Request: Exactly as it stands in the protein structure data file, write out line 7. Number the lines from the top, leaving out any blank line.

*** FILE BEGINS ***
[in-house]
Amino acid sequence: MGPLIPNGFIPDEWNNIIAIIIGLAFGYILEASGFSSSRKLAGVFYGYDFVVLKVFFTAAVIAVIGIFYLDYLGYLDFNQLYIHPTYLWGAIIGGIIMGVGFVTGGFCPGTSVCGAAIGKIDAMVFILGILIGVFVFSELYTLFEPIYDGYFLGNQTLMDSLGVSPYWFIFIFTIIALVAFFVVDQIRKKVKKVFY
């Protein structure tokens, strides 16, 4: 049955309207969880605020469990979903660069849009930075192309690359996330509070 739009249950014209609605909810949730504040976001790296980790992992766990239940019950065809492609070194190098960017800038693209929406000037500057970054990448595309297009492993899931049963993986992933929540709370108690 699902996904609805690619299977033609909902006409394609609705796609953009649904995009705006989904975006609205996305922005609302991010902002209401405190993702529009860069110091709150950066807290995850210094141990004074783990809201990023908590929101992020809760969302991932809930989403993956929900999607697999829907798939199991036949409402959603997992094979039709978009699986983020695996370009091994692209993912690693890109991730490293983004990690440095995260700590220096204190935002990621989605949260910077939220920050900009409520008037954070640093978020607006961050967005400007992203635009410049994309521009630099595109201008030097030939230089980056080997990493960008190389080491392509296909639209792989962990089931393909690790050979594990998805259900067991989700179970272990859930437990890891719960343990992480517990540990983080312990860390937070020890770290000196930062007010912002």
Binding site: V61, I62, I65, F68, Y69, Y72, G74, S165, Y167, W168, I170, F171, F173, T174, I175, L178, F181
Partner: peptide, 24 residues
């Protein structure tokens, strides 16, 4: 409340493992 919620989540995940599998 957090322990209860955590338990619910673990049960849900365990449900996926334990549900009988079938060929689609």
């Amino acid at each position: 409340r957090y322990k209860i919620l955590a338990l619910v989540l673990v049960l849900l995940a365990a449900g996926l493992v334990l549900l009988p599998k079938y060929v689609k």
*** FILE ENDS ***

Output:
């Amino acid at each position: 409340r957090y322990k209860i919620l955590a338990l619910v989540l673990v049960l849900l995940a365990a449900g996926l493992v334990l549900l009988p599998k079938y060929v689609k």